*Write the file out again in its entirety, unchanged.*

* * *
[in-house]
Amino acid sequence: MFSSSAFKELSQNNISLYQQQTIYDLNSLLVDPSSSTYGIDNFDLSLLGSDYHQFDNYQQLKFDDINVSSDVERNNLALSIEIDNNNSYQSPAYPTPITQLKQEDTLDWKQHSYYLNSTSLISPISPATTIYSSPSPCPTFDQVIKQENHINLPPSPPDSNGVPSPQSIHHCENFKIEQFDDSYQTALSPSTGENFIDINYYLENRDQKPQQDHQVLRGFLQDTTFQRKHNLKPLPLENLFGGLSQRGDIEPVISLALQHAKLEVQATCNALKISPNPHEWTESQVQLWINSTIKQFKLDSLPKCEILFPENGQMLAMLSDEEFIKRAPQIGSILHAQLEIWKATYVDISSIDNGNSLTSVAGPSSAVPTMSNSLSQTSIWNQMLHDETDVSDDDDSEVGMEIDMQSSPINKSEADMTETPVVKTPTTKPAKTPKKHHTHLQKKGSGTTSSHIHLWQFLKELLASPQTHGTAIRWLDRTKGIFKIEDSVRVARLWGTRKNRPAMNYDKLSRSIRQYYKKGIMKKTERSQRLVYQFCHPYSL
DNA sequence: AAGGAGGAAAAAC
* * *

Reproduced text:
[in-house]
Amino acid sequence: MFSSSAFKELSQNNISLYQQQTIYDLNSLLVDPSSSTYGIDNFDLSLLGSDYHQFDNYQQLKFDDINVSSDVERNNLALSIEIDNNNSYQSPAYPTPITQLKQEDTLDWKQHSYYLNSTSLISPISPATTIYSSPSPCPTFDQVIKQENHINLPPSPPDSNGVPSPQSIHHCENFKIEQFDDSYQTALSPSTGENFIDINYYLENRDQKPQQDHQVLRGFLQDTTFQRKHNLKPLPLENLFGGLSQRGDIEPVISLALQHAKLEVQATCNALKISPNPHEWTESQVQLWINSTIKQFKLDSLPKCEILFPENGQMLAMLSDEEFIKRAPQIGSILHAQLEIWKATYVDISSIDNGNSLTSVAGPSSAVPTMSNSLSQTSIWNQMLHDETDVSDDDDSEVGMEIDMQSSPINKSEADMTETPVVKTPTTKPAKTPKKHHTHLQKKGSGTTSSHIHLWQFLKELLASPQTHGTAIRWLDRTKGIFKIEDSVRVARLWGTRKNRPAMNYDKLSRSIRQYYKKGIMKKTERSQRLVYQFCHPYSL
DNA sequence: AAGGAGGAAAAAC